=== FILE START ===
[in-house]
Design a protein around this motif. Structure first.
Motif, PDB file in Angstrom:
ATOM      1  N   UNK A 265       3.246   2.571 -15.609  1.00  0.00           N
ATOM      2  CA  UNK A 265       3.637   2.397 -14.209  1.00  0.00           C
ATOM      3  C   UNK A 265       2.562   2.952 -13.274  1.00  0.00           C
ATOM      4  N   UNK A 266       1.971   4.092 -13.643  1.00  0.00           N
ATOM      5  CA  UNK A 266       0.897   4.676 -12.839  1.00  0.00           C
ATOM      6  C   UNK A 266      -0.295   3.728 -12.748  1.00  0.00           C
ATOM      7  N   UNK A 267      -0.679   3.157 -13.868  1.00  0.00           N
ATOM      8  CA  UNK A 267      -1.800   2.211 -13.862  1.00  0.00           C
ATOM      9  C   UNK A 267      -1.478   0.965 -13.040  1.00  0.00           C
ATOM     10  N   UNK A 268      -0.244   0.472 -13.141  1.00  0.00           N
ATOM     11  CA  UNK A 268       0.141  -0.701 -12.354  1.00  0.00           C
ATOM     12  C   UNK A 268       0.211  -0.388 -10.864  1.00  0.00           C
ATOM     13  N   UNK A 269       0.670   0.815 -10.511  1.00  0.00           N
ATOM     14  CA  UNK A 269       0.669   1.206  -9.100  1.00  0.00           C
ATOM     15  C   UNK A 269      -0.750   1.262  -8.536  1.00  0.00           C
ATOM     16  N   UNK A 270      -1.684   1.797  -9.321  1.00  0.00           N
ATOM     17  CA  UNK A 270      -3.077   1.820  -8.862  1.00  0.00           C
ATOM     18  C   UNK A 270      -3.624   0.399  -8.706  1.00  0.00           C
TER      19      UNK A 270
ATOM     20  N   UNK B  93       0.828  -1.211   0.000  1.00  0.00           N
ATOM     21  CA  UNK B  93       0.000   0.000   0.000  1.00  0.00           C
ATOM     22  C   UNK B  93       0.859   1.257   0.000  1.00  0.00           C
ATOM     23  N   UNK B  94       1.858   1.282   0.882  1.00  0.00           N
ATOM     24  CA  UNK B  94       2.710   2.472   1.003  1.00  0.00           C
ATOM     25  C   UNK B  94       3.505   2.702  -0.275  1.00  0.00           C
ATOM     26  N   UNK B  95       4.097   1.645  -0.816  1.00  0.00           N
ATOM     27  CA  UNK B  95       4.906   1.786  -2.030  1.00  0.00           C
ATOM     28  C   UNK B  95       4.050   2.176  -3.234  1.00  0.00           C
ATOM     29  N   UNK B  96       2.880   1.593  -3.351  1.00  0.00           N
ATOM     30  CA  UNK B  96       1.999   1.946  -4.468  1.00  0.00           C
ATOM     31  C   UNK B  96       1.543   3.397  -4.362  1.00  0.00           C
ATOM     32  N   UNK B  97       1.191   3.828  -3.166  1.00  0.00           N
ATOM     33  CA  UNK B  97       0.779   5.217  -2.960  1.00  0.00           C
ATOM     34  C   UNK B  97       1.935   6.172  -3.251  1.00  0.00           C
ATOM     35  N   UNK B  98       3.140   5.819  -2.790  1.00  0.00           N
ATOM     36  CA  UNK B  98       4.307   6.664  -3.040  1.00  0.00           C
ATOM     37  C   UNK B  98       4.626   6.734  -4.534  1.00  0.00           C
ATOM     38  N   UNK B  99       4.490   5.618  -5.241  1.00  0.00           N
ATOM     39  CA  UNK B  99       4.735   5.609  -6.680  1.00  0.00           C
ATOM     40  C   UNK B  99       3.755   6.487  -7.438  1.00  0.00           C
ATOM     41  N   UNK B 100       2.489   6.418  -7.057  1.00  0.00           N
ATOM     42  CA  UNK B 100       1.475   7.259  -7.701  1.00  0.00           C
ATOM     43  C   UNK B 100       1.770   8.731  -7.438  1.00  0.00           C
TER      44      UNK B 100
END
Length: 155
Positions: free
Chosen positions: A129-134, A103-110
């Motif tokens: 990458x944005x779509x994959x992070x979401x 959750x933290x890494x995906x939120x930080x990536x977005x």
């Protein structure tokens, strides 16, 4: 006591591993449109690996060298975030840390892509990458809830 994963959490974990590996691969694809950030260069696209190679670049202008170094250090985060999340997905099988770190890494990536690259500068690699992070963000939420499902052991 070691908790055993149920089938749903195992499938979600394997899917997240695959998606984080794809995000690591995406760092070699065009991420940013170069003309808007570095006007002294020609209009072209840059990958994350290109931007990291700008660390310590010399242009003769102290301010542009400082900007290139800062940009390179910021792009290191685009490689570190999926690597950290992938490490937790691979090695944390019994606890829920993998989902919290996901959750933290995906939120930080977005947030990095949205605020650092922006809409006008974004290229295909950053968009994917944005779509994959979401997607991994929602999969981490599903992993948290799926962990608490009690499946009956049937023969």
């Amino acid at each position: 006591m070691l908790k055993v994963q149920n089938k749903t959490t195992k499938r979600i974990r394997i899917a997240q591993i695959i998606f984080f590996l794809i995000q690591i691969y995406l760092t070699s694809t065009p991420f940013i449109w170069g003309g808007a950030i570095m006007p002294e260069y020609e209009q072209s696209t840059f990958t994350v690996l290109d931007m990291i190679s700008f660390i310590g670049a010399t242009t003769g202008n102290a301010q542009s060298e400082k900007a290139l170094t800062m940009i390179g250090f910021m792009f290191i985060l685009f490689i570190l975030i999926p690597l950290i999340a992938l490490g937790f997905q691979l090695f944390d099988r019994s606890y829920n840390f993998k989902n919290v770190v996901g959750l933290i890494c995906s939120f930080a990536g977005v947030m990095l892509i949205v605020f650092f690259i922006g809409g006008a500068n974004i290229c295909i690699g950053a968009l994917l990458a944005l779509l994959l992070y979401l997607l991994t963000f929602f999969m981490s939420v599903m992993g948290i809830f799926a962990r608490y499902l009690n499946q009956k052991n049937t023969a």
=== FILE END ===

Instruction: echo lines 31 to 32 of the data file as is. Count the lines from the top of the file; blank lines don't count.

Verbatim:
ATOM     28  C   UNK B  95       4.050   2.176  -3.234  1.00  0.00           C
ATOM     29  N   UNK B  96       2.880   1.593  -3.351  1.00  0.00           N